The New Face of Sports Medicine by Marlaina Donato From college athletics to Olympic training, sports medicine has a new, holistic face. Coaches and athletes nationwide are attributing quicker recovery… read more →
In the treatment group, incidental rates of delirium were 6.6 percent, significantly lower than the 37.9 percent rate found in the control group.
“My top herb garden choice for the hot, humid conditions in the South is Tuscan blue rosemary, because it is beautiful, easy to grow and is wonderful in all kinds of foods and products,” Kessler says. “It blooms in several seasons and provides bees with off-season food.”
With regards to acupuncture, Berry points out that the process is not just for treating pain. “We often see people with high stress and/or emotional trauma. The world moves so fast that people have come to see stress as normal. This style of acupuncture is helpful because the practitioner gets to tap into pain that’s related to emotional disturbances. Using practices unique to Five Element Acupuncture, the pain is relieved—but the person can also see an emotional improvement.”
Eat less, move more. These words have been the cornerstone of diet advice for decades, leading millions of Americans to greet the new year with vows to cut calories and hit the gym. In all, one in five U.S. adults are dieting at any given time, according to the international market research firm The NPD Group, and 57 percent would like to lose 20 pounds or more. Yet few will reach that goal.
Since ancient times, gardens have been employed as a place of healing for body and spirit. Japanese healthcare providers prescribe shinrin-yoku, meaning, “walking in forests to promote health” or “forest bathing”. Its intent is to use sight, sound and smell to connect with nature through stress-reducing, meditative walks.
Low testosterone levels can be problematic for men as they age. Fortunately, Mother Nature produces her own form of testosterone booster: the herb ashwagandha. Research published in the Journal of the International Society of Sports Nutrition tested 57 men between the ages of 18 and 50. They were divided into two groups—one was given 300 milligrams of the herbal extract twice a day for eight weeks; the other ingested a placebo for the same period. Both groups underwent supervised muscle training programs for the duration of the study.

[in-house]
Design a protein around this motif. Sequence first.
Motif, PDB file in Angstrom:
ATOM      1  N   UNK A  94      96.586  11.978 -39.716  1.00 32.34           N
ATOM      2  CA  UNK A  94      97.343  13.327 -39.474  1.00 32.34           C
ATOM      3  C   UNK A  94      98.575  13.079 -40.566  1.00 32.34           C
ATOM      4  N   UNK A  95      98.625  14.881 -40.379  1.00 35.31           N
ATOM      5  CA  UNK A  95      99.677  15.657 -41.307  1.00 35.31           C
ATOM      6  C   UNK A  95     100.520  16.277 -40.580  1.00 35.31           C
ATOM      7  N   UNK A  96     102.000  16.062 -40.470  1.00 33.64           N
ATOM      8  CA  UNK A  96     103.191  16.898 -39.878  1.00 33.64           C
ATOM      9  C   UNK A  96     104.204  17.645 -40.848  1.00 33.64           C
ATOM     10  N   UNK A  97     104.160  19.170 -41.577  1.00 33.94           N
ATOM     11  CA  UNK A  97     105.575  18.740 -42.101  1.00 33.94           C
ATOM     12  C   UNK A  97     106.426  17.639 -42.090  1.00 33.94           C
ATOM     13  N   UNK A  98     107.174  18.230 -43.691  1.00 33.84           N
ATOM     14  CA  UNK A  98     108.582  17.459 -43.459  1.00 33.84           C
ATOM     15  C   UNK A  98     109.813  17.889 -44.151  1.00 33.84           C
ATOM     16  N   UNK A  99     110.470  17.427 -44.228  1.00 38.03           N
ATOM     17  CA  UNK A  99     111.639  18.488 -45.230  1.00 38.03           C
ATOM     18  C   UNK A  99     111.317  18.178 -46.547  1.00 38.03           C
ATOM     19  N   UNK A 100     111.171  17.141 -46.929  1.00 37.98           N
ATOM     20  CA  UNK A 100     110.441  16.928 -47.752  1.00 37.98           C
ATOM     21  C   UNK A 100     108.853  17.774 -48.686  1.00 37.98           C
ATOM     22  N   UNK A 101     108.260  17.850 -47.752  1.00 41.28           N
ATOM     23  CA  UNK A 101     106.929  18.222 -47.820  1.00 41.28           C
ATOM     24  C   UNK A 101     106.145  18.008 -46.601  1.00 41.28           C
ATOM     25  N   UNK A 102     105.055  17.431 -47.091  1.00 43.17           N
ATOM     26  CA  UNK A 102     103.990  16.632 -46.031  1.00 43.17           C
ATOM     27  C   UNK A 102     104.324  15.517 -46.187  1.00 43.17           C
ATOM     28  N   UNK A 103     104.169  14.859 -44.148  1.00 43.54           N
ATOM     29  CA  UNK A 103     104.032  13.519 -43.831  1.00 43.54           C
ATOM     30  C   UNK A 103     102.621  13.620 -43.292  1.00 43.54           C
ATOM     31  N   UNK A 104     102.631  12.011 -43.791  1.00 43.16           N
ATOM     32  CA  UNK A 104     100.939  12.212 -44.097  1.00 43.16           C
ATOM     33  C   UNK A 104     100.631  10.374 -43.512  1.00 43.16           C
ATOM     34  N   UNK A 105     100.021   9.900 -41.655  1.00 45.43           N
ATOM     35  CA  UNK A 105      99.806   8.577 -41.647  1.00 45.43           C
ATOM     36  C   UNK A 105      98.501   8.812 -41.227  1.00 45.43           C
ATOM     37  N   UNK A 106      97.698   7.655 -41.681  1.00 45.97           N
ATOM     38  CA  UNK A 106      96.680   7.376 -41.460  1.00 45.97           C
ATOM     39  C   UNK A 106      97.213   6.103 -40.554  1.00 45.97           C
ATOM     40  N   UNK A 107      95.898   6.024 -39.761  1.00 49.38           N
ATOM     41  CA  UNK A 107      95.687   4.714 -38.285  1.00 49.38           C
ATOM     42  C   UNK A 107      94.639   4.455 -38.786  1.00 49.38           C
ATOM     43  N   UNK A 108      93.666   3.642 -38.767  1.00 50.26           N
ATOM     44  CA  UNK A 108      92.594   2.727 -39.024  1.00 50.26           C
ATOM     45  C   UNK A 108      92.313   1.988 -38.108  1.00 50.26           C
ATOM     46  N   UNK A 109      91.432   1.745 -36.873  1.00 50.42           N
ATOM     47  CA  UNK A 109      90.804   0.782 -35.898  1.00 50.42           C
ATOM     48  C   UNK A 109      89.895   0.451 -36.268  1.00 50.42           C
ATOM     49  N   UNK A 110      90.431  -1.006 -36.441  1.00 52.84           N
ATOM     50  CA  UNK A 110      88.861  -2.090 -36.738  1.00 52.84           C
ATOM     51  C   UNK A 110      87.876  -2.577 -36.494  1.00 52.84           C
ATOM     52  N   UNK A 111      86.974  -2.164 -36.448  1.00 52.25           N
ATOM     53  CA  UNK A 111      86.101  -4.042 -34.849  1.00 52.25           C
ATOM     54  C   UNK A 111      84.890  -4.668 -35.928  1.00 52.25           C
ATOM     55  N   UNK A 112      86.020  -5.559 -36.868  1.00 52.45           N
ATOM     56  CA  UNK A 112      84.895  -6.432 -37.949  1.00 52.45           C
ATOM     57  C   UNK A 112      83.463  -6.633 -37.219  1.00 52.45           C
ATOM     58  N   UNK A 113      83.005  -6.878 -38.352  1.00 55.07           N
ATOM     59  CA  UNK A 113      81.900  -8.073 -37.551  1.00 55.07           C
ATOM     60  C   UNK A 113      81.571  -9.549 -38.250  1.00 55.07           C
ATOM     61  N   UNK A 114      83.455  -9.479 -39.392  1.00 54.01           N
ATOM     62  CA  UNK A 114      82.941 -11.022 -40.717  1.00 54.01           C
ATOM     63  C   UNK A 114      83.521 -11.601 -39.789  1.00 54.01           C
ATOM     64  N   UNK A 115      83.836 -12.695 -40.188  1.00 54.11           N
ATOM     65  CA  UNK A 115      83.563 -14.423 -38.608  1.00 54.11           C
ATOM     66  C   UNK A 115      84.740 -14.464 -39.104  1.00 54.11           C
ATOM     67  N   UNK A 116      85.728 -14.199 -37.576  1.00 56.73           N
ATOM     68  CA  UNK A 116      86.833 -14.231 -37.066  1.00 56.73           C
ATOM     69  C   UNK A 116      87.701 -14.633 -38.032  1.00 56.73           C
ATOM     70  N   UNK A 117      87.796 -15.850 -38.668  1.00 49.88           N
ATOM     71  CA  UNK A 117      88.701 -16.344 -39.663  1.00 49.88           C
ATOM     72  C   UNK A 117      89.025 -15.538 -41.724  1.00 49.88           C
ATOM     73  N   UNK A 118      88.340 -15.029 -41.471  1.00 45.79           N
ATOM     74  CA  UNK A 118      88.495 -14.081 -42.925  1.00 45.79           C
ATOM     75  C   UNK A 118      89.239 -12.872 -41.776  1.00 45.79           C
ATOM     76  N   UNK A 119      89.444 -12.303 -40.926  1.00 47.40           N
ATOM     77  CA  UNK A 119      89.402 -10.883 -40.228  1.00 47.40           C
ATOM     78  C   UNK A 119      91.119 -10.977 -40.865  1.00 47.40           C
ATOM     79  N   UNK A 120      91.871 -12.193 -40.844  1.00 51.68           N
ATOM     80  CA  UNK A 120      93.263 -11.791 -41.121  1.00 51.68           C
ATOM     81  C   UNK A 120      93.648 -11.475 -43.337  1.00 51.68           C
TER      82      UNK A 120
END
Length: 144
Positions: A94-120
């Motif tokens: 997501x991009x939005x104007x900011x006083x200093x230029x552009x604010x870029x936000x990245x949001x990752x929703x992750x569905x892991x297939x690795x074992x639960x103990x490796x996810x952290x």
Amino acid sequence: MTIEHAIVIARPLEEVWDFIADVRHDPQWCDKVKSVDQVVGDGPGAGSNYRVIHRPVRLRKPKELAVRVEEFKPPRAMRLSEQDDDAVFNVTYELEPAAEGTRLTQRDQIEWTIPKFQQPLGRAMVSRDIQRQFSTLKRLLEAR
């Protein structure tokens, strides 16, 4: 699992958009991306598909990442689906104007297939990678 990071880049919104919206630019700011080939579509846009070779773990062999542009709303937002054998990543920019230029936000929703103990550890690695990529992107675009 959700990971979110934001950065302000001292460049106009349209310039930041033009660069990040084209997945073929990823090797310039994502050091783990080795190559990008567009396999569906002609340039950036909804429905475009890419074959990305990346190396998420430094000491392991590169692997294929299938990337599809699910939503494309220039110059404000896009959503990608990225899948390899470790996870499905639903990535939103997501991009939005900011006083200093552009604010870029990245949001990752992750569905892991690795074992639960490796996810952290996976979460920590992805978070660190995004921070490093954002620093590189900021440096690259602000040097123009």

The average head holds about 120,000 to 150,000 strands of hair, and it’s normal for both men and women to lose 50 to 100 strands daily. We lose hair for several reasons. Chiefly, aging weakens hair and makes it more brittle; it also decreases hormone production, slowing hair growth. According to a study published in the Cleveland Clinic Journal of Medicine, anything that interrupts the normal hair cycle can trigger diffuse hair loss. Triggers include physiologic trauma and emotional stresses, nutritional deficiencies, endocrine imbalances and illness, as well as genetics, including pattern baldness. Even air and water pollutants and sunlight’s phototoxic aging effects may facilitate alopecia (sudden hair loss).
While it’s impossible to completely stop natural hair loss catalyzed by aging and genes, the rate can be controlled and abnormal loss may be reversed while stimulating growth.
A 12-week study of 60 menopausal women in Denmark has found that red clover halted bone loss and bone mineral density reduction. The randomized, double-blind, placebo-controlled research, sponsored by the Aarhus University Medical School and Hospital, tested the women over a three-month period.